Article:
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Q: When should I take my pet chicken to the vet?


As keepers of pet chickens, we've all been there. You notice one of your birds exhibiting some unusual behaviors or symptoms, and you're faced with a dilemma:

What do you do? What is causing the symptoms and how can you help? Is what you're seeing normal chicken behavior, a minor issue that may resolve itself, or serious problem that warrants a professional help?

Let's be honest: You don't want to pay a big vet bill only to find out it's nothing serious, but you also don't want to assume it's nothing serious and have it turn out to be something deadly for your flock. In most cases, only a qualified veterinarian can help you know the difference.

So, when should you take your pet chicken to the vet?

The simple answer is, take your birds to a qualified veterinarian any time you have concerns about your flock. But in reality, it's not always that simple. Whether you take a bird to the vet will depend on your individual flock management strategy as it relates to the purpose of your flock, your budget, your level of experience and expertise in keeping chickens, how serious the symptoms you're seeing are in your estimation, and whether a qualified avian veterinarian has an office within a reasonable distance of your home.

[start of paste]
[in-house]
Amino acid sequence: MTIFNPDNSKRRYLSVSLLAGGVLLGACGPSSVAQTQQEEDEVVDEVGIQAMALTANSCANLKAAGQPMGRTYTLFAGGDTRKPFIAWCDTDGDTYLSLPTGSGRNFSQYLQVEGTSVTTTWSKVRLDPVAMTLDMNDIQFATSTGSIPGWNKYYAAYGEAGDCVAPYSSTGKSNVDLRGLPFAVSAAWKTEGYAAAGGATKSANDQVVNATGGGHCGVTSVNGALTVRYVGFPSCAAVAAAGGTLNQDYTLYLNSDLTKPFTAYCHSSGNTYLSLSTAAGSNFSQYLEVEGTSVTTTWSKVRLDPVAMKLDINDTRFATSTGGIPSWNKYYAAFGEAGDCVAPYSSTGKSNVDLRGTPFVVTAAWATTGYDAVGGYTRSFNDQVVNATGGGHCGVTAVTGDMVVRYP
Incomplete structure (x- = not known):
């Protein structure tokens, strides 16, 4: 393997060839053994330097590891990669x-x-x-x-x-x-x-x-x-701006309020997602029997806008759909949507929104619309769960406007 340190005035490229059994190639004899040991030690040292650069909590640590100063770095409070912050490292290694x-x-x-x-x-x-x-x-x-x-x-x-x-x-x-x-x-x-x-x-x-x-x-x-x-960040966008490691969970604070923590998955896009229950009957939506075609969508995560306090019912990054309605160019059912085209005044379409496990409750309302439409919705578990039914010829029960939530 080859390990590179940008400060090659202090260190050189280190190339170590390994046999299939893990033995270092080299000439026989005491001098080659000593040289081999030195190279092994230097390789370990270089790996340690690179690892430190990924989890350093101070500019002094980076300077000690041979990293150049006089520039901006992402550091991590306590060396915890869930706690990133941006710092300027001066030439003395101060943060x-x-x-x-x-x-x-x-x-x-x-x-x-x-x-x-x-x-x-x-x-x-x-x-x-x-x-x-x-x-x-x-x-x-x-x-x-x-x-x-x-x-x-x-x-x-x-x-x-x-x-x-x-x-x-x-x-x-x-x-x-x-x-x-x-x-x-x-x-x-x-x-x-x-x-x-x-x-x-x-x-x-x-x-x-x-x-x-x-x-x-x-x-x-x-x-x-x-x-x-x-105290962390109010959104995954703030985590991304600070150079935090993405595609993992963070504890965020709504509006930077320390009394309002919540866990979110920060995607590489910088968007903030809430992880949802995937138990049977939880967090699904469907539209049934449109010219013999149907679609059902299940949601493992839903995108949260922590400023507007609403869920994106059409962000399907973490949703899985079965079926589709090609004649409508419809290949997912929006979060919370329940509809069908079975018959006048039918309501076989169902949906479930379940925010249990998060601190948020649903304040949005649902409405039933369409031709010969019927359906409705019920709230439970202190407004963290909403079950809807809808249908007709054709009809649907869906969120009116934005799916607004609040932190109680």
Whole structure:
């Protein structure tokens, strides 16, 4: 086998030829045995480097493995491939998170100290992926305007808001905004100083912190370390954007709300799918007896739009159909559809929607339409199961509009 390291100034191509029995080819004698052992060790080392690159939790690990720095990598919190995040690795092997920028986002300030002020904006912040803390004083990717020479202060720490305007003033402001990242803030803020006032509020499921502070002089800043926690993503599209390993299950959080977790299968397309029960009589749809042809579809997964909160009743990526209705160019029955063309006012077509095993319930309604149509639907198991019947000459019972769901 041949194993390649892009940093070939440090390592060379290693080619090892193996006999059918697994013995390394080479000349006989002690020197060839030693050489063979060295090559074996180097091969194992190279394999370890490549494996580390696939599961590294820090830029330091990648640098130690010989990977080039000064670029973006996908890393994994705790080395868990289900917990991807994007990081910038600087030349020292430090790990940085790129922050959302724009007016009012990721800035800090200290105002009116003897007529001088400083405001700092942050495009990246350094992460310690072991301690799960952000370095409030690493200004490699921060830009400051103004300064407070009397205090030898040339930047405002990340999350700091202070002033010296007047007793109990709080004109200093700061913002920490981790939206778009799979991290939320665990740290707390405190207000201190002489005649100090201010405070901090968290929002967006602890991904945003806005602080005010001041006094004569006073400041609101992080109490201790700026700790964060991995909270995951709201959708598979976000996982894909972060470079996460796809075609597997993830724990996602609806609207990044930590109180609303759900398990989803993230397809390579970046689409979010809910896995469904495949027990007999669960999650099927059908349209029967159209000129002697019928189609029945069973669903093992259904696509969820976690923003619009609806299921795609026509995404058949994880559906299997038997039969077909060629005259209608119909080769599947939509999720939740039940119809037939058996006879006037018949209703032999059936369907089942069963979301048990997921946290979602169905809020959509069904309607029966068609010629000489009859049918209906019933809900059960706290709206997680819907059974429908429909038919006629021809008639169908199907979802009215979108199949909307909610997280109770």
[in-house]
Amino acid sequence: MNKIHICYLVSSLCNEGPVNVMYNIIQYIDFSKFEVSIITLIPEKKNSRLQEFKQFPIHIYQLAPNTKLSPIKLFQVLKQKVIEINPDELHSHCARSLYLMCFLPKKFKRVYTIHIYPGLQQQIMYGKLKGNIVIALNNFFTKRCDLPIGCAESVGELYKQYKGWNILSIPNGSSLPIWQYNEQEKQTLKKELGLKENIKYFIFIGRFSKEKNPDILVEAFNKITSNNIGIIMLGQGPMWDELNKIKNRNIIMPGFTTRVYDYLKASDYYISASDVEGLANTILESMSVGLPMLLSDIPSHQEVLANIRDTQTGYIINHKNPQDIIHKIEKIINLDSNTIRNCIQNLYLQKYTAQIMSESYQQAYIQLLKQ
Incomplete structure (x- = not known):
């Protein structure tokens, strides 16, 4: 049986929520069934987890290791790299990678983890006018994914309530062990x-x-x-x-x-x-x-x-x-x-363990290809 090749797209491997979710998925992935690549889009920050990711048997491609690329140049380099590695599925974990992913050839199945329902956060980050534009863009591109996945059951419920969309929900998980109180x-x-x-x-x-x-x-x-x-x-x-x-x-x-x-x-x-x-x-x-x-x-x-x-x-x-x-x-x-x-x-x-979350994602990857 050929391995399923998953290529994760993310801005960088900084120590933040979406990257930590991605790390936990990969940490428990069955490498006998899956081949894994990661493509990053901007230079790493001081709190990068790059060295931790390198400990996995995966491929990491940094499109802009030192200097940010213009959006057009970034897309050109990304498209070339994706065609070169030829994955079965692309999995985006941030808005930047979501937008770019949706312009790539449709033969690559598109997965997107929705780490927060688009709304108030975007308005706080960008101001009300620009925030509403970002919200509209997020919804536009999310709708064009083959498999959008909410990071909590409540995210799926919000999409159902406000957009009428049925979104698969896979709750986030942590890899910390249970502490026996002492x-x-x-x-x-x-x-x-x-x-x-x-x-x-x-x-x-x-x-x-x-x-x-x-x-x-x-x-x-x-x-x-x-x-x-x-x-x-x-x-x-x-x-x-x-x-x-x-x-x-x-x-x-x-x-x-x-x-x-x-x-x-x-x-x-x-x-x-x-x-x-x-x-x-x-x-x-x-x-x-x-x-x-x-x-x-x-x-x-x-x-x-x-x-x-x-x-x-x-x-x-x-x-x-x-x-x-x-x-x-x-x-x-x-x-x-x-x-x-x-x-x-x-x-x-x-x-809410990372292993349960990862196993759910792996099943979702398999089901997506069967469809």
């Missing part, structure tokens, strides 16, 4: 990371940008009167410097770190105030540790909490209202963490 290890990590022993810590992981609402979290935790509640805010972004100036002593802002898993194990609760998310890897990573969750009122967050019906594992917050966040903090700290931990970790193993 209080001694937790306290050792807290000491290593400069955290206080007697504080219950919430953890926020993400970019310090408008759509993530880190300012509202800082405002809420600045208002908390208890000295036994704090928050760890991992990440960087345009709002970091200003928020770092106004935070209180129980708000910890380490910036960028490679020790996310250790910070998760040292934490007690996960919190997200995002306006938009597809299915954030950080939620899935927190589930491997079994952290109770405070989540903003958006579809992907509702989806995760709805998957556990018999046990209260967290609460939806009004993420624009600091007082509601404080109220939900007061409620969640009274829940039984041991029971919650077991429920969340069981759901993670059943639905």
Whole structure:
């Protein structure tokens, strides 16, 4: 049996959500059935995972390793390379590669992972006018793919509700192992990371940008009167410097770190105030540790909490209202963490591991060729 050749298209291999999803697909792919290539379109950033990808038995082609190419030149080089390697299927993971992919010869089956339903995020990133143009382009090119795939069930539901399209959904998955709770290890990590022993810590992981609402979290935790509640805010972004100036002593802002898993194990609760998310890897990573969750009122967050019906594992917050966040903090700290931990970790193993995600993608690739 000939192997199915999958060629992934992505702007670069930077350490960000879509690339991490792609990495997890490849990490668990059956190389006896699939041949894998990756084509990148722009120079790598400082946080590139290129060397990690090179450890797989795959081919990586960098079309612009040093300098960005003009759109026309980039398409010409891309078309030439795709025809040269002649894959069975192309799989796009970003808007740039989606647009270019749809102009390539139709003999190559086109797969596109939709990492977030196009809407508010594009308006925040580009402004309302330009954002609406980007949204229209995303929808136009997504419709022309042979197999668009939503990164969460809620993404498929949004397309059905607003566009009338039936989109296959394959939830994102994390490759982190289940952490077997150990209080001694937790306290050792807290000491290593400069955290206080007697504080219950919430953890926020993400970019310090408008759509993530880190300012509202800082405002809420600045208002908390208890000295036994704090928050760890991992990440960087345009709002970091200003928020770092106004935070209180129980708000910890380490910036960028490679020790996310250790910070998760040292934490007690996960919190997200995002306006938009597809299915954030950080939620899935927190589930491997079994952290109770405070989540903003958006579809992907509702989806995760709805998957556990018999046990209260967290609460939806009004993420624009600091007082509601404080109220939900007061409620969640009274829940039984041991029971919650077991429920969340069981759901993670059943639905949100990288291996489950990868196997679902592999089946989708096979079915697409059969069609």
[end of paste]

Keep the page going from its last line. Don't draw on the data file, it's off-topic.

Veterinarian examining a pet chicken.

The best-case vet scenario

Let's assume for a moment that your situation is ideal for chicken-keeping and caring for ailing flock members:
  • You have the financial resources to take your birds to the vet whenever needed.
  • There is a qualified veterinarian within a reasonable distance from your home.
  • You have an established relationship with that vet and they are familiar with you and your flock--its size and breed make-up, coop setup, range area, feeds you use, watering system, etc.
  • Your vet performs annual flock checks for vaccination updates, parasite checks, etc.
  • Your vet is available to provide support over the phone, and you always call before you self-treat your birds. If you're about to try something that won't work or could be dangerous for your flock, your vet can at least tell you what NOT to do.
  • You don't hesitate to take individual birds to the vet as needed. When you see injuries, lethargy, drooping wings, diarrhea, or other symptoms, you take them to the vet immediately. You know that hesitation can cause disease to spread rapidly through your flock and your vet can help keep that from happening.
  • You are constantly learning new things about caring for chickens, and your vet is a vital part of that education process.
  • When a bird dies of an unknown cause, you have a necropsy done so that you can determine the cause of the death in order to practice good biosecurity to protect your remaining flock.
If most or all of those scenario components applies to you, you and your flock are very lucky to be receiving such quality care!

But for most of us, one or more of those factors in the "perfect" world is missing. This is the real world, after all!

Veterinarian examining a pet chicken.

What to do if your vet situation is not ideal: